The Future of Carbon Therapy
American-made technology is ideal for treating multiple or treatment-resistant tumors but no U.S. medical center offers it—something the National Cancer Institute has vowed to change.
Source: Heidelberg Ion-Beam Therapy Center/Heidelberg University Hospital. Reprinted with permission.
It has all the trappings of a homegrown success, carbon therapy. It was born here—developed in government-funded laboratories in California. Its high-tech technologies are massive in scale—powered by nothing less than a huge particle accelerator. And in the crowded commercial lot of modern medical treatments, carbon therapy is something of the Cadillac—a capital-intensive modality, but one that's ideal for treating certain complex, hard-to-treat or multitudinous tumors. Some would call it a wondrous treatment, enabling otherwise untreatable cancers to be cured.
Carbon ion therapy is truly American in any number of ways except perhaps one: Nowhere in the United States can you find it.
"We invented this technology and yet we still don’t even have it on our grounds," said biologist Eleanor Blakely, who was a staff scientist under Cornelius Tobias at Lawrence Berkeley National Laboratory, where this technology was developed, in the 1970s. She authored or co-authored some of the first papers on the effects of high-energy, heavy-ion beams on cell survival, which also occurred at a unique time of clinical trials in the United States. "It is really disturbing scientifically that we cannot offer it to our population in the United States."
But Blakely said she is reassured by the fact that the National Cancer Institute, a component of the National Institutes of Health, now has a confirmed goal to make a carbon therapy instrument and treatment center in this country.
"With all the people putting attention to it, we will have something happen real soon," Blakely said.
From the Frontier to the Forefront of Cancer Treatment
Experts agree that carbon ion therapy holds great promise for cancer treatment because of the fundamental biology and physics at play. A carbon ion can deliver higher amounts of energy to a tumor than an X-ray or proton beam. Sent out on a beam, its ions strike tumors with a clustering effect that can overwhelm the tumor’s ability to persist or grow, especially damaging cancer cells at the DNA level. Researchers also say that carbon ion treatment causes less damage to healthy tissue near the tumor because the ionic beam minimally disperses its energy before and after hitting its tumor target.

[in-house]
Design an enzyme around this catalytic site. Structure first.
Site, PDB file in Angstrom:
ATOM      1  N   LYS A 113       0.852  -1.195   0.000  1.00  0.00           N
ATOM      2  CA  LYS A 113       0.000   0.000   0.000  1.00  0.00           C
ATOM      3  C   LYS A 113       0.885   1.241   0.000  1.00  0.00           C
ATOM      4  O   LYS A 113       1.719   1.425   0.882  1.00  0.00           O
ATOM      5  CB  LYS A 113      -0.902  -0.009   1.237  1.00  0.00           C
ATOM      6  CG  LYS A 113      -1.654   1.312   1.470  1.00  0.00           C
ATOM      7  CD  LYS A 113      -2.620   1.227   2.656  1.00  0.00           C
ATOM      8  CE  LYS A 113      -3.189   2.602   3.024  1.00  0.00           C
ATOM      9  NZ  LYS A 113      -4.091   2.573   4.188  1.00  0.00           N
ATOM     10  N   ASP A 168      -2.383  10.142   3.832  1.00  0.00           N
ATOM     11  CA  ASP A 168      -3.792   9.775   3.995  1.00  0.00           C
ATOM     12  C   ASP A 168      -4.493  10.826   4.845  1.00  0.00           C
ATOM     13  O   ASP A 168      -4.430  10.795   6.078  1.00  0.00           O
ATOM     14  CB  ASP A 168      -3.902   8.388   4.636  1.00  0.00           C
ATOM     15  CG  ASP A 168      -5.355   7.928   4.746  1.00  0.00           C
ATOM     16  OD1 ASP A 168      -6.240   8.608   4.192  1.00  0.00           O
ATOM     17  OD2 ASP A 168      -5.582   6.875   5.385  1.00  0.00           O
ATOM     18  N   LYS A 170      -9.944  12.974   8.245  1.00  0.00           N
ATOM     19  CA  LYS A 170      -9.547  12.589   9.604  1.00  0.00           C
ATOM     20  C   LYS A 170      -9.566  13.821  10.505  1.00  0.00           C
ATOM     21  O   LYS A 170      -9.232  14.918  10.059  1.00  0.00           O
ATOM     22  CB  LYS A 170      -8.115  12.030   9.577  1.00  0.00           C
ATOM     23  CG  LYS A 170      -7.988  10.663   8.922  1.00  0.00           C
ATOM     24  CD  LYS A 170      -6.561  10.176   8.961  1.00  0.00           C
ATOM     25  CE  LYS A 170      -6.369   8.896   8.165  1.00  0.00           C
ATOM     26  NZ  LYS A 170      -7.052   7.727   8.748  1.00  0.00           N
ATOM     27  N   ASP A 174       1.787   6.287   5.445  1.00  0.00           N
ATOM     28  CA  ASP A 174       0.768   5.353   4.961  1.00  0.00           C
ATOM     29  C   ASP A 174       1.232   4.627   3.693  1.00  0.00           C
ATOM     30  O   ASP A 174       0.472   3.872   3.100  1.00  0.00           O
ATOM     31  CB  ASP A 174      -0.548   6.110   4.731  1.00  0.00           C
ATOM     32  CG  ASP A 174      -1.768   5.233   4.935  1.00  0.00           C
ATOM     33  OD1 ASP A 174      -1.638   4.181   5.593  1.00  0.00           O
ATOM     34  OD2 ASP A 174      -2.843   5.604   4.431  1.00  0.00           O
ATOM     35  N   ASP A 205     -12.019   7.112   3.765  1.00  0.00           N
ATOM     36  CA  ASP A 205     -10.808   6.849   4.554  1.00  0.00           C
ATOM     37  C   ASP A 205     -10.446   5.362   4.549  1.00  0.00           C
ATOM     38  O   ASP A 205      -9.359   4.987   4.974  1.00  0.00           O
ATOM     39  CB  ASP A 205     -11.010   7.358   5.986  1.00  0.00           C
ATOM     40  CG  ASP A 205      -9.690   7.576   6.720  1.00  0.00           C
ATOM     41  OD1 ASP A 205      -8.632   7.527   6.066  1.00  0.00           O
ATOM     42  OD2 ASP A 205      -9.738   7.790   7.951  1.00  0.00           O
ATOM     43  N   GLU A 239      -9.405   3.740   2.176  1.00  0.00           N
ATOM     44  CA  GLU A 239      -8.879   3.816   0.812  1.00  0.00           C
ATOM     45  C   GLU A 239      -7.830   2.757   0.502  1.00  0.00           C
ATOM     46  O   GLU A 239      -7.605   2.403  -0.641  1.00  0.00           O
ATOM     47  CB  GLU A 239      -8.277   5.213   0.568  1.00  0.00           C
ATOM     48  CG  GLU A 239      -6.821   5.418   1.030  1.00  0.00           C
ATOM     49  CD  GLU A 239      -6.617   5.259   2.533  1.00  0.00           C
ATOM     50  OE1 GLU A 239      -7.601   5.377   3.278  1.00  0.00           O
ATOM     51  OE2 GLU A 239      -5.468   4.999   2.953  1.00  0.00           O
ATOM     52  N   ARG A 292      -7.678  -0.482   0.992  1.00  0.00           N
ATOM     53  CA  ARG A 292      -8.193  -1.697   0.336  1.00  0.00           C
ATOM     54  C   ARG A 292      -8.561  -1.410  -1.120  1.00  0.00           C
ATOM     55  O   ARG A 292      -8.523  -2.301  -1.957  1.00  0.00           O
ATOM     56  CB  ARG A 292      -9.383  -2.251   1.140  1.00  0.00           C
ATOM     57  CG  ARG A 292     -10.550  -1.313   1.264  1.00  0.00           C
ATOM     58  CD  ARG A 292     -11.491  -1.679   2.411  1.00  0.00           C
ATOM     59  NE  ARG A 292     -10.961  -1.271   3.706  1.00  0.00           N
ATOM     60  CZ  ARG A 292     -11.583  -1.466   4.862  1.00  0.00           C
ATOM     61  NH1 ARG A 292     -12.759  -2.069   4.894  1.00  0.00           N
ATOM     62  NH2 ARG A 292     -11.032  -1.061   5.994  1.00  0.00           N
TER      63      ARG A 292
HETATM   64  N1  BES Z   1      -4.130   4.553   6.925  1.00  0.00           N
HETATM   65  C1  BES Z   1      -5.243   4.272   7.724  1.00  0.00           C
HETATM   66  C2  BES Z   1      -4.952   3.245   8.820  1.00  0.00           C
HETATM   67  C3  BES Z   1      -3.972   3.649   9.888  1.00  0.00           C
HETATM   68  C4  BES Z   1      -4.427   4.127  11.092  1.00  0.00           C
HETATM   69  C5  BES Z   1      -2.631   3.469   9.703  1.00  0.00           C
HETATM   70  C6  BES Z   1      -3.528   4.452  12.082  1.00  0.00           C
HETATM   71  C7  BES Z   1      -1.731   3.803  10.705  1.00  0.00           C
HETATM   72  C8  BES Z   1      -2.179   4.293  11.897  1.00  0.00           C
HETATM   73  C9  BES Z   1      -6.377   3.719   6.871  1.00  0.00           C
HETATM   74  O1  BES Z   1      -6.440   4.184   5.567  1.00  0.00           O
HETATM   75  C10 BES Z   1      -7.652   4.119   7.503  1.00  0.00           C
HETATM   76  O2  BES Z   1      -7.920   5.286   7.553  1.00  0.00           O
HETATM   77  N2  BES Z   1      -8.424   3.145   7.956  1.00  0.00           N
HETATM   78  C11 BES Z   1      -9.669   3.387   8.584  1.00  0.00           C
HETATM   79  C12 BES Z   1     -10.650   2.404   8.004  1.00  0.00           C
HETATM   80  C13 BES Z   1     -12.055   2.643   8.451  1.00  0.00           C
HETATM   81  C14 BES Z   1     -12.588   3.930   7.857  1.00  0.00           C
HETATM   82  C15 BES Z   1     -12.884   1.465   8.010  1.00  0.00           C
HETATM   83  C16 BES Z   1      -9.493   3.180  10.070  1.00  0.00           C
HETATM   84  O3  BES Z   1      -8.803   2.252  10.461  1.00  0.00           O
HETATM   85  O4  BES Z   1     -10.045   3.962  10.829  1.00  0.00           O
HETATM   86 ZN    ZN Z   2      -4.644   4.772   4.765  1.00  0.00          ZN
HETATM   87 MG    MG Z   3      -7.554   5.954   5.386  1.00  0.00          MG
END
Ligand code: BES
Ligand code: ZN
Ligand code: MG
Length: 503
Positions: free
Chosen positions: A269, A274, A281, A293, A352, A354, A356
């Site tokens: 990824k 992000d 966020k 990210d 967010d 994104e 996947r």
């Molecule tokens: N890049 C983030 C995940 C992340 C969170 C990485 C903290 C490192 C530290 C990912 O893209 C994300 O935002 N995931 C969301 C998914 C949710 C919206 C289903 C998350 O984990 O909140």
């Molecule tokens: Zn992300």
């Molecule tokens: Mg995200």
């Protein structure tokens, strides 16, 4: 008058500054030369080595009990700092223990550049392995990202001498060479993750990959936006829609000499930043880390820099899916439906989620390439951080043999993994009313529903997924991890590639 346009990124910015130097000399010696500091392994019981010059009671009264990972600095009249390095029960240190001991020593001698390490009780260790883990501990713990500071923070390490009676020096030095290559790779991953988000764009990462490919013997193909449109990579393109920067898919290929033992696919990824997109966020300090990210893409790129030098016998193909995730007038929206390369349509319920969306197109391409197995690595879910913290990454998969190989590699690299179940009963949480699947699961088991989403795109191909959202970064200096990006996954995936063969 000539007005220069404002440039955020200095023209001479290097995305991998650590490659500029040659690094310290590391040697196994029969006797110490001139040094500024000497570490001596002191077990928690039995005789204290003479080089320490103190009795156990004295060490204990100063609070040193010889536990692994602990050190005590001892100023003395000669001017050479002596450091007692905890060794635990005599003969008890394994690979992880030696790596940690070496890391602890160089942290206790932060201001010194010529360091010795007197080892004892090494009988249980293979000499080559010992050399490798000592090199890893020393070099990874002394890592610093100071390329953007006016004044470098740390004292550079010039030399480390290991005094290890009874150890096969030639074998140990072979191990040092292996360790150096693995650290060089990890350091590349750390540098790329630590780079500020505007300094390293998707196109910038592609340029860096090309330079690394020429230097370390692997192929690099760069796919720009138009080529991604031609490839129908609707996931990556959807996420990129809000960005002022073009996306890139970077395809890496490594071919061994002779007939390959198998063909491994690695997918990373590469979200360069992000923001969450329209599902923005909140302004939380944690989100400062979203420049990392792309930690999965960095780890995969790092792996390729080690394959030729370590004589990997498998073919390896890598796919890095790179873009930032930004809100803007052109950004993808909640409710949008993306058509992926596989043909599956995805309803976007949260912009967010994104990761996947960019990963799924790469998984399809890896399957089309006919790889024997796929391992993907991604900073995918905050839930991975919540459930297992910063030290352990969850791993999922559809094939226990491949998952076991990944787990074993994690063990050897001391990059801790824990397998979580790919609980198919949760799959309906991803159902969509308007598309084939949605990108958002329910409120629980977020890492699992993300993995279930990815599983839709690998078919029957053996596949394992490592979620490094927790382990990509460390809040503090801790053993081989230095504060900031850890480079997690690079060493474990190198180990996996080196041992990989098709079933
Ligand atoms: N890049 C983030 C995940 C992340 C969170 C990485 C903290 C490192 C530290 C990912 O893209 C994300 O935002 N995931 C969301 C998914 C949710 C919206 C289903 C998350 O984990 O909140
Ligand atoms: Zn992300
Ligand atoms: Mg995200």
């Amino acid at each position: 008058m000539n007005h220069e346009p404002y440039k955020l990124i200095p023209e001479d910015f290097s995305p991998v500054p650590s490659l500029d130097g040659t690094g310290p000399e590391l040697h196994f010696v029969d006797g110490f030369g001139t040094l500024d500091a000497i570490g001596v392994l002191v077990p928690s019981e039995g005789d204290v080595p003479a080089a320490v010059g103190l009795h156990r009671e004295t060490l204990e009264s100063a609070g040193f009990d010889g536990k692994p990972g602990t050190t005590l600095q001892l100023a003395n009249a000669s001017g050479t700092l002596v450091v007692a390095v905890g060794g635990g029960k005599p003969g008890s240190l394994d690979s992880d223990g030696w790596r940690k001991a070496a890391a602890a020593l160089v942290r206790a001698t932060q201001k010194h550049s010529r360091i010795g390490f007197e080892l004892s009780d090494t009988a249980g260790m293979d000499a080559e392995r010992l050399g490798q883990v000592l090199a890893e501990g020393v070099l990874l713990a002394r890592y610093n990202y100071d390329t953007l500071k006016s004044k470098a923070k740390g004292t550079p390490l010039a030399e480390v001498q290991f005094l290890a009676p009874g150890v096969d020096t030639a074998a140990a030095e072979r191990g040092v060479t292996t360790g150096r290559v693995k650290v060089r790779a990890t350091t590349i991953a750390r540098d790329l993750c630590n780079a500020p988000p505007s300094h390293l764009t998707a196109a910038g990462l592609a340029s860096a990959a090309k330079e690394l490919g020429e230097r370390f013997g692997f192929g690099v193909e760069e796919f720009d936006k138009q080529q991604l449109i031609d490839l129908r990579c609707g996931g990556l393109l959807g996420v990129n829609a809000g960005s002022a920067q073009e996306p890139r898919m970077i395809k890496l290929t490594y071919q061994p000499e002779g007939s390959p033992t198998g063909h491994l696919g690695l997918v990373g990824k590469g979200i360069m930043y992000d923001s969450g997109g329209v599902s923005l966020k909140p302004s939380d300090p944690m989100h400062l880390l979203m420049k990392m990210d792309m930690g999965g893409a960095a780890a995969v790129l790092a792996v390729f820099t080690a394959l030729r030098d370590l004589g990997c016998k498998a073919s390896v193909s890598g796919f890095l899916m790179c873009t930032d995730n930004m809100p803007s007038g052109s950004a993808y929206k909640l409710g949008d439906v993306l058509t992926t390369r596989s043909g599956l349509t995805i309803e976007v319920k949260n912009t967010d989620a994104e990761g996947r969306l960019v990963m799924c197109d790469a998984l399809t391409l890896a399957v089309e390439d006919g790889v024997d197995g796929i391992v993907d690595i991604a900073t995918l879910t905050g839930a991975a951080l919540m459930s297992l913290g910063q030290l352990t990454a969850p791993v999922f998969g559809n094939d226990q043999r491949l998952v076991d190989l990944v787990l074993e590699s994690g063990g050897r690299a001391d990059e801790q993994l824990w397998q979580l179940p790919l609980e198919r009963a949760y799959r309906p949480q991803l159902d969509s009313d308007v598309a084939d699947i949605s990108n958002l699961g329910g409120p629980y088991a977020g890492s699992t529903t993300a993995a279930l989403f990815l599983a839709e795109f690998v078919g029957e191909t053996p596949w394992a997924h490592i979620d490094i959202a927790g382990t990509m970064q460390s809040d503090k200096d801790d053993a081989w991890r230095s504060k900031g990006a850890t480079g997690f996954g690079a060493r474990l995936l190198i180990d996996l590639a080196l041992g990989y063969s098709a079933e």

Some would say the age of carbon therapy is here. In fact, in Germany and Japan especially, there are new ideas being examined with some already tested and results published in the medical literature that is read in the United States. These include combining the carbon ion therapy with chemotherapy and immunotherapy, linking it with X-ray radiation therapy or proton therapy or combining it with helium ions or heavy ions, such as oxygen.
But in the United States, many public health issues become mired in contention, and carbon ion therapy is no exception. While the United States does not have a single carbon ion therapy center, Japan leads the way with five centers built, and there are active carbon ion therapy facilities in Germany, Italy, China and Austria. Thousands of people have been treated to date. One treatment team alone, led by Hirohiko Tsujii of Japan, has given some 10,000 patients carbon ion therapy.
In the United States part of the dilemma begins with costs: Offering carbon ion therapy requires building a special center that would likely cost more than 100 million dollars. Funding for research efforts competes for resources with other initiatives. Furthermore, carbon ion therapy is associated, rightly or wrongly, with the experience of proton therapy, which has a history of cost challenges, a long learning period, and the particular challenge of advancing a new health technology with necessary but ethical testing. This is important in the United States because major medical centers with new technology need approval from the Food and Drug Administration, and treatments have to satisfy the U.S. norm of Phase 3 random blind trials.
Proponents of carbon ion therapy are nonetheless determined to build at least one or two centers in the United States. The biggest boost came in 2013 when National Institutes of Health’s National Cancer Institute (NCI) issued a Planning for a National Center for Particle Beam Radiation Therapy Research (P20) fund for treatment and research centers. The P20 specifies that the proposed centers will use proton and heavier ion beams “including but not necessarily limited to carbon beams.” A team at the University of Texas Southwestern Medical Center (UT Southwestern), for example, has already completed their planning project.